Cross-Linguistic Speech Perception: Testing Identification Accuracy of Spanish and Portuguese Words by Native Spanish and Portuguese Listeners

Melanie Rosa-Chaves, Miriam Baigorri

Several subtypes of languages continue to preserve similar typological features–
surfacing over time within each language respectively (Kabatek & Pusch, 2011). This enhances
the communication experience of speakers of mutually intelligible languages through the use of
linguistic commonalities (e.g., phonemes, key terms, idiomatic expressions). Best and Tyler
(2007)’s findings suggest that “differences in the native language and L2 vowel inventories may
render some L2 vowels more difficult to perceive than others.” Similarly, Elvin et al. (2014)’s
research indicates vowels that are not present in one’s L1 can negatively impact the accuracy of
speech perception in the nonative language. Because vowels carry a large part of the speech
signal (Kewley-Port, Burkle, & Lee, 2007), understanding of the non-native language may be
reduced due to the differences in L1 and non-native vowel inventories. To our knowledge, little
is known about cross-linguistic speech perception of Spanish and Portuguese vowels by Spanish
and Portuguese listeners.
The purpose of this research is to identify differences in speech perception that are
dependent upon vocalic differences in the Spanish and Portuguese languages. More specifically,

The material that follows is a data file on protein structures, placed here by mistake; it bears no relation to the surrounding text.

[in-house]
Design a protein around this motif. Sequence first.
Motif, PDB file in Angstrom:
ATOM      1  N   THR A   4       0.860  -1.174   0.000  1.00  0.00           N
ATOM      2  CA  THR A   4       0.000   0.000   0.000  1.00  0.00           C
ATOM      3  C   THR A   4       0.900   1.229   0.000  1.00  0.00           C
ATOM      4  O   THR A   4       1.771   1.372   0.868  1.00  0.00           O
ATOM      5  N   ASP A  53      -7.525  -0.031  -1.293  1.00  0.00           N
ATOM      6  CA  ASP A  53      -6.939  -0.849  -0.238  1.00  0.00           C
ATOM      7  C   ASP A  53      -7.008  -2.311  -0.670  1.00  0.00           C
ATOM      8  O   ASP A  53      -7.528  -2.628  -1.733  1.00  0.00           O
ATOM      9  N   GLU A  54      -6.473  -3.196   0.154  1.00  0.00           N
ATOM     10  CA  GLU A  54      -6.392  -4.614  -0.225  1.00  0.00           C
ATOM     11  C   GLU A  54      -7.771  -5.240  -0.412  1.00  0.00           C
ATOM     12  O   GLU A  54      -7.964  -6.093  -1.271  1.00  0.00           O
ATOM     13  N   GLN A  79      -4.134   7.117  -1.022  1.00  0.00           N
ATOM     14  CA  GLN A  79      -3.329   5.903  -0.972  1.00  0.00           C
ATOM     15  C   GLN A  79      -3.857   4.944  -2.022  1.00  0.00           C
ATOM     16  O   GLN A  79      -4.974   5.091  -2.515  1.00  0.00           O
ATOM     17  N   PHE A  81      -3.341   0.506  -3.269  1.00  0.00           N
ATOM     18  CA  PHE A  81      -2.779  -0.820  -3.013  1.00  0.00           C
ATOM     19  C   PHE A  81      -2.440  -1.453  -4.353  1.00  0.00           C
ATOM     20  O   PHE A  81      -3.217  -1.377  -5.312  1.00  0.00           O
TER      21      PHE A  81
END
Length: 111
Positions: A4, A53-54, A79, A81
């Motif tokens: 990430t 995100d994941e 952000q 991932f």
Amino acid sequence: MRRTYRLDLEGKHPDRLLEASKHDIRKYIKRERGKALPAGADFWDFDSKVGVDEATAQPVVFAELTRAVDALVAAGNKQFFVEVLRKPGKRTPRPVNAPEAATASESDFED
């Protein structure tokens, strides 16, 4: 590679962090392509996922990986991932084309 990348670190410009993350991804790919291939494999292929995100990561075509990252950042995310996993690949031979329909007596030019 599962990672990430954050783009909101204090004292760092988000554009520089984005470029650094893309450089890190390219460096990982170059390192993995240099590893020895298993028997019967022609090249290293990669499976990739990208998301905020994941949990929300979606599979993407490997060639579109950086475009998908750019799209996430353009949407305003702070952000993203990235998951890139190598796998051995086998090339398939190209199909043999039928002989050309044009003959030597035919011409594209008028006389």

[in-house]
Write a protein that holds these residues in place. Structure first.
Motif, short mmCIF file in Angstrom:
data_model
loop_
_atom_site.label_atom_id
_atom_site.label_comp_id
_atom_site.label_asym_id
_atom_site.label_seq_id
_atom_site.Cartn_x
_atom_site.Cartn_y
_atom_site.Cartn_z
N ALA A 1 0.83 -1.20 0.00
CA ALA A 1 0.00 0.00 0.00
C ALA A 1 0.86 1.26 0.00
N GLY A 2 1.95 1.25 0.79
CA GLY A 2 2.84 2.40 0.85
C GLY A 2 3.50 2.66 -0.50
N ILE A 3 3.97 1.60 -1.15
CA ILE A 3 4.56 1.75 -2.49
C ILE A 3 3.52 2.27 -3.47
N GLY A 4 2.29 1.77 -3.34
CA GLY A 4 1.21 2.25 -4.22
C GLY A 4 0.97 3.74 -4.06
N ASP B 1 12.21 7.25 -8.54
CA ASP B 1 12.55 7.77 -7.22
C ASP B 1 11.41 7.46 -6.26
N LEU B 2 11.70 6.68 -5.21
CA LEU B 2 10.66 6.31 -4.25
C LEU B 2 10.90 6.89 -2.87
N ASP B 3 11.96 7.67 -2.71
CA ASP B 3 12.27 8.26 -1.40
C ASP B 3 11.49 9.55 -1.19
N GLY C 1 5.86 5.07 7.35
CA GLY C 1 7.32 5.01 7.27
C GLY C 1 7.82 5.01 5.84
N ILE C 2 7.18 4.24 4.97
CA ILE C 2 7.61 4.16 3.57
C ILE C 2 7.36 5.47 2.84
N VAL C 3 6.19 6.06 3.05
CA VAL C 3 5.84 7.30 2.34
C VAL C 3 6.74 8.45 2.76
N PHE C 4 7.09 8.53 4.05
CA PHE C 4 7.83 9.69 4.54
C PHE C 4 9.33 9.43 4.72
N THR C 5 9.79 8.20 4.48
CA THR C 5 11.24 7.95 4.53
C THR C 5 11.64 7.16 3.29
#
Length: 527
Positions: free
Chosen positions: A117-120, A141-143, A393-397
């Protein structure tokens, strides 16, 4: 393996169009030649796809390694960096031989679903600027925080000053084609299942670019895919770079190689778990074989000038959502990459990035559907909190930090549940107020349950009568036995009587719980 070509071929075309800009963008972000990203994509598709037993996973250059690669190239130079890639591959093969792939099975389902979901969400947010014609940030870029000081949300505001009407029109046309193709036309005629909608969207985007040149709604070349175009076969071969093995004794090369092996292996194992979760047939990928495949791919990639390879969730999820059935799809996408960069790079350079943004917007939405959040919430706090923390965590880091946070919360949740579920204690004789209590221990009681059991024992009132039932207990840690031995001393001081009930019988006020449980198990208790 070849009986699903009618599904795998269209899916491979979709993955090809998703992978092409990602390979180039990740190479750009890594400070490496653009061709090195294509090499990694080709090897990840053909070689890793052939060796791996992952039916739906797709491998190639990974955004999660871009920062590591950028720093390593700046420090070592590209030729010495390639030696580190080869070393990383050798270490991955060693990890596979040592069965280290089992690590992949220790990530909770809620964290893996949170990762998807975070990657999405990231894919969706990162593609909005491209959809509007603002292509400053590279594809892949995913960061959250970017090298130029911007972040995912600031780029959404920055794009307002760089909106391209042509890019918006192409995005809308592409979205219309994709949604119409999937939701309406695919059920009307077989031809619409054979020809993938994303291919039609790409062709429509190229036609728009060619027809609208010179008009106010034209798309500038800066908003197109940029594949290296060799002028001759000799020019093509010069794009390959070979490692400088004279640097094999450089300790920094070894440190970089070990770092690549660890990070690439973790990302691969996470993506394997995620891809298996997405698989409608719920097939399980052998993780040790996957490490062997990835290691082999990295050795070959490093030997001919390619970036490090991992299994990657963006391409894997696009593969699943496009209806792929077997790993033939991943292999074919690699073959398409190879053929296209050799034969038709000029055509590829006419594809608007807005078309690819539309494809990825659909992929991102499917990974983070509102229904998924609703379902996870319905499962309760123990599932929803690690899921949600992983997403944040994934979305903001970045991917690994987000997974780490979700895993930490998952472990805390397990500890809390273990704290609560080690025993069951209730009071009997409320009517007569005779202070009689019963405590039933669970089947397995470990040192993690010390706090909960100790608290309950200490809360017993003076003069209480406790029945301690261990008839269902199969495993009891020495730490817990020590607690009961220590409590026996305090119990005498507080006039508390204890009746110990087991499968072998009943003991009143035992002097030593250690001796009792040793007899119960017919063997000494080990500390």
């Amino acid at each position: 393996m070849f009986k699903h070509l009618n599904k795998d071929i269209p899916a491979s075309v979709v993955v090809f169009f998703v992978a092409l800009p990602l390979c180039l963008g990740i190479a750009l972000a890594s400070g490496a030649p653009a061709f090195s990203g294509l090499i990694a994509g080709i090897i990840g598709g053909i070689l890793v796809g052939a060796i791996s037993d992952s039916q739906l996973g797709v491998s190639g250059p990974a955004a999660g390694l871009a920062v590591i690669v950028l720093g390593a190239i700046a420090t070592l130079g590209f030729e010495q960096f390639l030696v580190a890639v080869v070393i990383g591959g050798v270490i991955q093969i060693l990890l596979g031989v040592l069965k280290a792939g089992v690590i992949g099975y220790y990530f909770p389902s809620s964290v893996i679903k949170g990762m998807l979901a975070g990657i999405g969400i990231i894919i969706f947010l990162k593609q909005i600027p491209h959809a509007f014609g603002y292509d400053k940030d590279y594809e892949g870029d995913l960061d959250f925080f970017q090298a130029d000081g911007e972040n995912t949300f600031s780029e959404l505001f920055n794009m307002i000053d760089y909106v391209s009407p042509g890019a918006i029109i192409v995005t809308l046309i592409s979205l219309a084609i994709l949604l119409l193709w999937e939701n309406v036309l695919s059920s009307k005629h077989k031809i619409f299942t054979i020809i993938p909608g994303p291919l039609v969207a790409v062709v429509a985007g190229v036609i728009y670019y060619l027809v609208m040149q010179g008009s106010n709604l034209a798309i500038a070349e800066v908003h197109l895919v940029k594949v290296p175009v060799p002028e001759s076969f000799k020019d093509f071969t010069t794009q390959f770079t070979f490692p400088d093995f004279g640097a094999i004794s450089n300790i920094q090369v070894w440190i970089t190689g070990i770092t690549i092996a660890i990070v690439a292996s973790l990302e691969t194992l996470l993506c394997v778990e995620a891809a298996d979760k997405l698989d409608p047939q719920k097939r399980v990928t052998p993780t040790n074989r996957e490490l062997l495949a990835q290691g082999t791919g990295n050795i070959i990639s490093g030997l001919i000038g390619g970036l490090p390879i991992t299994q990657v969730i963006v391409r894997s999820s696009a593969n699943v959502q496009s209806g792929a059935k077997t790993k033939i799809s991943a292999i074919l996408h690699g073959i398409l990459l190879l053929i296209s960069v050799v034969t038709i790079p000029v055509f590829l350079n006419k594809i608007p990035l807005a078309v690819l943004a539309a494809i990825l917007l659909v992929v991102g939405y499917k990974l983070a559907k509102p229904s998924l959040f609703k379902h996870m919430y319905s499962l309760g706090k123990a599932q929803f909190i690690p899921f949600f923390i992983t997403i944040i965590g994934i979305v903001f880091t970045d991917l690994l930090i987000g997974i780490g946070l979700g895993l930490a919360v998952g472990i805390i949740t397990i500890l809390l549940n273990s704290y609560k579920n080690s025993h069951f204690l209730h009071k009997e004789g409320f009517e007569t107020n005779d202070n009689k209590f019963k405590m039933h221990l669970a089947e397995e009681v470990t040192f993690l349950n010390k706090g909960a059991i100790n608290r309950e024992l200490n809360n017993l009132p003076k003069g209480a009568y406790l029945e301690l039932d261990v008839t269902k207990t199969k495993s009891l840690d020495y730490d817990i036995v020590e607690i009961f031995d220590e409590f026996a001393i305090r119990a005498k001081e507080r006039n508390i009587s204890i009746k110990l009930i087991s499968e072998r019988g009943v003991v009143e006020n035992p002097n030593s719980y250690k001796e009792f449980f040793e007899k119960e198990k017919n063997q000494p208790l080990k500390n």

utilizing the nasalized diphthongs of Portuguese. The Spanish vocalic system consists of five
vowels which originate from Classical Latin (/a/, /e/, /i/, /o/, and /u/), whereas the Portuguese
vocalic system derives from Vulgar Latin and has twelve vowels (/a/, /e/, /i/, /o/, /u/, /ɔ/, /ε/, /ã/,
/ẽ/, /ĩ/, /õ/, and /ũ/). As a result of this notion, we can infer that Portuguese has a more “complex”
vocalic system as seen by its extensive use of vocalic sounds as compared to that of Spanish
(Alkire & Rosen, 2010). The project aims to survey and investigate the differentiation of cross-
linguistic identification accuracy of Spanish and Portuguese words by 15 native Spanish listeners
and 15 Portuguese listeners. All Portuguese words contain nasalized diphthongs (e.g., [ão], [õe]).
Critical findings may provide information on how a complex vocalic system may further
complicate or enhance second language acquisition. Furthermore, the collected data will be used
to determine whether these predicted differences are central to native language, a particular
vowel, environmental exposure, or a possible culmination of all three. It is hypothesized that a
language-specific difference will be observed amongst both groups. More specifically, with
Portuguese listeners identifying Spanish words with higher accuracy compared to those of
Spanish listeners when identifying Portuguese words.